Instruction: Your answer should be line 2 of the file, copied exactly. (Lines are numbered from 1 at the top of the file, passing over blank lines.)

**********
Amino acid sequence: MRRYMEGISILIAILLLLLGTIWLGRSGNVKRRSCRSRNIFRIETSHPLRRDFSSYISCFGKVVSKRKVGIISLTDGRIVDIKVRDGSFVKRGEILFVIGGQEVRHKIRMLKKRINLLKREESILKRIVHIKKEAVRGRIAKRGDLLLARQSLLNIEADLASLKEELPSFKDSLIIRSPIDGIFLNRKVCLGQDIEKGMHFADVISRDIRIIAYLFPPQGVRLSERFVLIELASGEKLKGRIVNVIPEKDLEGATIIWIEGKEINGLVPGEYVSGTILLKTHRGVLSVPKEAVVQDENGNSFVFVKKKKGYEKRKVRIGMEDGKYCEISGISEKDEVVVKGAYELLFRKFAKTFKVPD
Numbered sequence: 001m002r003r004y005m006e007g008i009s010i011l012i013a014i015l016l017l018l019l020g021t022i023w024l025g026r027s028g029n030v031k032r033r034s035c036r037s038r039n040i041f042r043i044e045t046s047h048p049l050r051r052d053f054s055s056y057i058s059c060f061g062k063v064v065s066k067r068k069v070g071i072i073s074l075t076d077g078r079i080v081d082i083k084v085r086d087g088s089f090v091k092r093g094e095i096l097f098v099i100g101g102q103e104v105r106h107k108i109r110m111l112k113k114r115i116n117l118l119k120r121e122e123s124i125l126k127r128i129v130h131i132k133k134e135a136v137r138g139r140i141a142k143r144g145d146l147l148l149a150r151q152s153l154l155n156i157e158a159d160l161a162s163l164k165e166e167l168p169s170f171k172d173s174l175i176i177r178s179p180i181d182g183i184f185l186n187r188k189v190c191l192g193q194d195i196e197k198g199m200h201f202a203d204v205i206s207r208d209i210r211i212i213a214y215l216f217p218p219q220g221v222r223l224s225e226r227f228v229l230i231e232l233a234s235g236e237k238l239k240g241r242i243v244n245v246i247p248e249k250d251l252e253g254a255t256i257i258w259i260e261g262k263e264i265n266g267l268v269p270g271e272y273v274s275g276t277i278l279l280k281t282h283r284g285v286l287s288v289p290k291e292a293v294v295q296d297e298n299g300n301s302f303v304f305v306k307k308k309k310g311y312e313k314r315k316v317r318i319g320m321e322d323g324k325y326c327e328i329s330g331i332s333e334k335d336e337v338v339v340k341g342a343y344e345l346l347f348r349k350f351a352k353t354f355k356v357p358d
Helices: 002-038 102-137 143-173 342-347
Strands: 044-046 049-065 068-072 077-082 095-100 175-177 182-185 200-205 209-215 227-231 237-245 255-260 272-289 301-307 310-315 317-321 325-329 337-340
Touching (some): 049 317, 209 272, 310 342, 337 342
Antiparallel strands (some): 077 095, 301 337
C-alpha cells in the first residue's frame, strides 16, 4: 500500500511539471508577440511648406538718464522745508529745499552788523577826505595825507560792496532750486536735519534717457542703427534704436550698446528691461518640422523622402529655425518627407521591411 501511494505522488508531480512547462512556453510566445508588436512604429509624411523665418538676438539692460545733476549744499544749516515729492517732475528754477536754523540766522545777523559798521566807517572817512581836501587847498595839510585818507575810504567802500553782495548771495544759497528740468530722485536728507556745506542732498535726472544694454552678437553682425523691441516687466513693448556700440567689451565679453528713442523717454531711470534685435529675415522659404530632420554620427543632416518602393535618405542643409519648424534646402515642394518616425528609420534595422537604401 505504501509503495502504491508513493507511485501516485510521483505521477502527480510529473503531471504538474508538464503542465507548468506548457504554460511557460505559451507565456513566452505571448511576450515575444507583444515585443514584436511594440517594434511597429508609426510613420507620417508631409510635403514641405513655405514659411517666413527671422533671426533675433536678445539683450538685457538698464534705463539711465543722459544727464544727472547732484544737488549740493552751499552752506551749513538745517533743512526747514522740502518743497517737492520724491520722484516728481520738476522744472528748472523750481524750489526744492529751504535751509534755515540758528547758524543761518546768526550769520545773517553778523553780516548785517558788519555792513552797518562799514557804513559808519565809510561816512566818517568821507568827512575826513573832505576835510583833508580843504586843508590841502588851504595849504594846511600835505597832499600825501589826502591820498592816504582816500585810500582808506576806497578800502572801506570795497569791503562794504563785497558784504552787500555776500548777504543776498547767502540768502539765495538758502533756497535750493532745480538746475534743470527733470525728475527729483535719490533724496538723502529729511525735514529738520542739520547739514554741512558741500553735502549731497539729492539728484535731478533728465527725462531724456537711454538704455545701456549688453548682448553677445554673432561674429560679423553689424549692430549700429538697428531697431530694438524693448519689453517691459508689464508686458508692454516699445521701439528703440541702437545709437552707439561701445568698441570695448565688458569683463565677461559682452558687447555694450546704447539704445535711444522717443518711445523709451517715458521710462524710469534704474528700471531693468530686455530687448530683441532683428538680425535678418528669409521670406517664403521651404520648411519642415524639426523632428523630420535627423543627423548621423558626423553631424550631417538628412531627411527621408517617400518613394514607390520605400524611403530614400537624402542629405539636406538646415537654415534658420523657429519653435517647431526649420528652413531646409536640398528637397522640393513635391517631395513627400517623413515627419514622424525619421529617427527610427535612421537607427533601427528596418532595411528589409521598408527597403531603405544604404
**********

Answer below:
Numbered sequence: 001m002r003r004y005m006e007g008i009s010i011l012i013a014i015l016l017l018l019l020g021t022i023w024l025g026r027s028g029n030v031k032r033r034s035c036r037s038r039n040i041f042r043i044e045t046s047h048p049l050r051r052d053f054s055s056y057i058s059c060f061g062k063v064v065s066k067r068k069v070g071i072i073s074l075t076d077g078r079i080v081d082i083k084v085r086d087g088s089f090v091k092r093g094e095i096l097f098v099i100g101g102q103e104v105r106h107k108i109r110m111l112k113k114r115i116n117l118l119k120r121e122e123s124i125l126k127r128i129v130h131i132k133k134e135a136v137r138g139r140i141a142k143r144g145d146l147l148l149a150r151q152s153l154l155n156i157e158a159d160l161a162s163l164k165e166e167l168p169s170f171k172d173s174l175i176i177r178s179p180i181d182g183i184f185l186n187r188k189v190c191l192g193q194d195i196e197k198g199m200h201f202a203d204v205i206s207r208d209i210r211i212i213a214y215l216f217p218p219q220g221v222r223l224s225e226r227f228v229l230i231e232l233a234s235g236e237k238l239k240g241r242i243v244n245v246i247p248e249k250d251l252e253g254a255t256i257i258w259i260e261g262k263e264i265n266g267l268v269p270g271e272y273v274s275g276t277i278l279l280k281t282h283r284g285v286l287s288v289p290k291e292a293v294v295q296d297e298n299g300n301s302f303v304f305v306k307k308k309k310g311y312e313k314r315k316v317r318i319g320m321e322d323g324k325y326c327e328i329s330g331i332s333e334k335d336e337v338v339v340k341g342a343y344e345l346l347f348r349k350f351a352k353t354f355k356v357p358d